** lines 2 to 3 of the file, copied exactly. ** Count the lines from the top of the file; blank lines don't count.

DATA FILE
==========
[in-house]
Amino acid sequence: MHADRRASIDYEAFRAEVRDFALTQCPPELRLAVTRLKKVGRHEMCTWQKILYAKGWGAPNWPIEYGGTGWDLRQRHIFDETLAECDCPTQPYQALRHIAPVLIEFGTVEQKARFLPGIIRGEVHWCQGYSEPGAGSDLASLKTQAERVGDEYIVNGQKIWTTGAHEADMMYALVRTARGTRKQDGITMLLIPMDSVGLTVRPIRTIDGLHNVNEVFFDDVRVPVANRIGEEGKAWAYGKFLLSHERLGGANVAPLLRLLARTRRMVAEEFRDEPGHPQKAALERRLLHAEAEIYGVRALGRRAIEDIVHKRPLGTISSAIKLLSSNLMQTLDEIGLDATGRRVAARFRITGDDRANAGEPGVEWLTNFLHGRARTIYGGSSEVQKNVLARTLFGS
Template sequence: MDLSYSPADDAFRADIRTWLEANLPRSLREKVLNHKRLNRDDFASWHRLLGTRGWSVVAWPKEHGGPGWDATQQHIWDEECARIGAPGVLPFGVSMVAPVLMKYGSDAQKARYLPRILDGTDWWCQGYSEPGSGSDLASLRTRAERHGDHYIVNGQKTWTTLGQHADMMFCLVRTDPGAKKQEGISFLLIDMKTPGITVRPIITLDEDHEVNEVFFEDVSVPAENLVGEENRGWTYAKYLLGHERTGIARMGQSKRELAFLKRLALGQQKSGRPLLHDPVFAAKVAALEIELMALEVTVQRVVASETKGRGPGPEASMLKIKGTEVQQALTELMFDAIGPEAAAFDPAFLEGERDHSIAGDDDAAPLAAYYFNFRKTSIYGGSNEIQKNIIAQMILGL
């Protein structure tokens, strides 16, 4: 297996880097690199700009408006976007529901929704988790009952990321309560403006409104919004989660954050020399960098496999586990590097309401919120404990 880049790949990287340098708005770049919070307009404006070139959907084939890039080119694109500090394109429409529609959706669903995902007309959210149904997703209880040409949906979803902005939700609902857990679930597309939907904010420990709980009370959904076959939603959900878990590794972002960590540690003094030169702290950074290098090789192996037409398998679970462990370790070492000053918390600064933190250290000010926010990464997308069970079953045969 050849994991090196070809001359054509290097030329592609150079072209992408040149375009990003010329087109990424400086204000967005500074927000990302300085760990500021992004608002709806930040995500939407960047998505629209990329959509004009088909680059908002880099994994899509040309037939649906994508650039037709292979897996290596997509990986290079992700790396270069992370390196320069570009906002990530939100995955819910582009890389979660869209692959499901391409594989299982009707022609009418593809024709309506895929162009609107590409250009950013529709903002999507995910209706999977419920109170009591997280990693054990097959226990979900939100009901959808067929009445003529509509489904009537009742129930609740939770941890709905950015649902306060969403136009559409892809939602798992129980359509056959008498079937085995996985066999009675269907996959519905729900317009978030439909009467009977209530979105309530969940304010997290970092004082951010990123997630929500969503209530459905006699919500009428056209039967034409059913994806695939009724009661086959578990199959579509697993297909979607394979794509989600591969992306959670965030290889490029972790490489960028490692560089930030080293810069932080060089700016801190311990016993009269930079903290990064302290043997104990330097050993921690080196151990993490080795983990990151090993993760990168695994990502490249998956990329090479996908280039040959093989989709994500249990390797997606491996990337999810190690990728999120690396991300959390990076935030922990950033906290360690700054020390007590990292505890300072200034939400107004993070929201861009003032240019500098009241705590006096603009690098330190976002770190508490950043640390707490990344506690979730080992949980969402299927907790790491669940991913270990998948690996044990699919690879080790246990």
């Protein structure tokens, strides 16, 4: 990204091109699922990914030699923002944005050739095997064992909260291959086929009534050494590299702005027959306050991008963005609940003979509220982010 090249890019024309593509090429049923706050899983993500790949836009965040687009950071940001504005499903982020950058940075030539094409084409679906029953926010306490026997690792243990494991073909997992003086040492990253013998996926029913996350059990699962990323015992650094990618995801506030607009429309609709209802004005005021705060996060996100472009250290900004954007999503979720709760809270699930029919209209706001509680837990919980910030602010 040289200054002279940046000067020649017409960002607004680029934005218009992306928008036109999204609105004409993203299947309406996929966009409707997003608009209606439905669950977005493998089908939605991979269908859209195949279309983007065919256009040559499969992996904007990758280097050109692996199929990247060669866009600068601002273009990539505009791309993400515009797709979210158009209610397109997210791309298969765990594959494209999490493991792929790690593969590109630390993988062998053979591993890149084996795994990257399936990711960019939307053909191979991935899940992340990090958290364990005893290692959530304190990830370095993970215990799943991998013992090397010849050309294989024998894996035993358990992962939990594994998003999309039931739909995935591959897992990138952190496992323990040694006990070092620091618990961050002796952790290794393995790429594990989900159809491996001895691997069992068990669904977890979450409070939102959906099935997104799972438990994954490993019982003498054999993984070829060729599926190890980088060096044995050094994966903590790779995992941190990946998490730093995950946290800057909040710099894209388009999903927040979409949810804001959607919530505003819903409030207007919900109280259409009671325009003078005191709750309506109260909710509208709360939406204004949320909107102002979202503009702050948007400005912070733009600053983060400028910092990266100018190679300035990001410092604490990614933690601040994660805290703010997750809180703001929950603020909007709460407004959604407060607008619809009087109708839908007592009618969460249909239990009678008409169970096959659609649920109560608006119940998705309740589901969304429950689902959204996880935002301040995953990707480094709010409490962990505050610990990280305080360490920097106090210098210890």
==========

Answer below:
Amino acid sequence: MHADRRASIDYEAFRAEVRDFALTQCPPELRLAVTRLKKVGRHEMCTWQKILYAKGWGAPNWPIEYGGTGWDLRQRHIFDETLAECDCPTQPYQALRHIAPVLIEFGTVEQKARFLPGIIRGEVHWCQGYSEPGAGSDLASLKTQAERVGDEYIVNGQKIWTTGAHEADMMYALVRTARGTRKQDGITMLLIPMDSVGLTVRPIRTIDGLHNVNEVFFDDVRVPVANRIGEEGKAWAYGKFLLSHERLGGANVAPLLRLLARTRRMVAEEFRDEPGHPQKAALERRLLHAEAEIYGVRALGRRAIEDIVHKRPLGTISSAIKLLSSNLMQTLDEIGLDATGRRVAARFRITGDDRANAGEPGVEWLTNFLHGRARTIYGGSSEVQKNVLARTLFGS
Template sequence: MDLSYSPADDAFRADIRTWLEANLPRSLREKVLNHKRLNRDDFASWHRLLGTRGWSVVAWPKEHGGPGWDATQQHIWDEECARIGAPGVLPFGVSMVAPVLMKYGSDAQKARYLPRILDGTDWWCQGYSEPGSGSDLASLRTRAERHGDHYIVNGQKTWTTLGQHADMMFCLVRTDPGAKKQEGISFLLIDMKTPGITVRPIITLDEDHEVNEVFFEDVSVPAENLVGEENRGWTYAKYLLGHERTGIARMGQSKRELAFLKRLALGQQKSGRPLLHDPVFAAKVAALEIELMALEVTVQRVVASETKGRGPGPEASMLKIKGTEVQQALTELMFDAIGPEAAAFDPAFLEGERDHSIAGDDDAAPLAAYYFNFRKTSIYGGSNEIQKNIIAQMILGL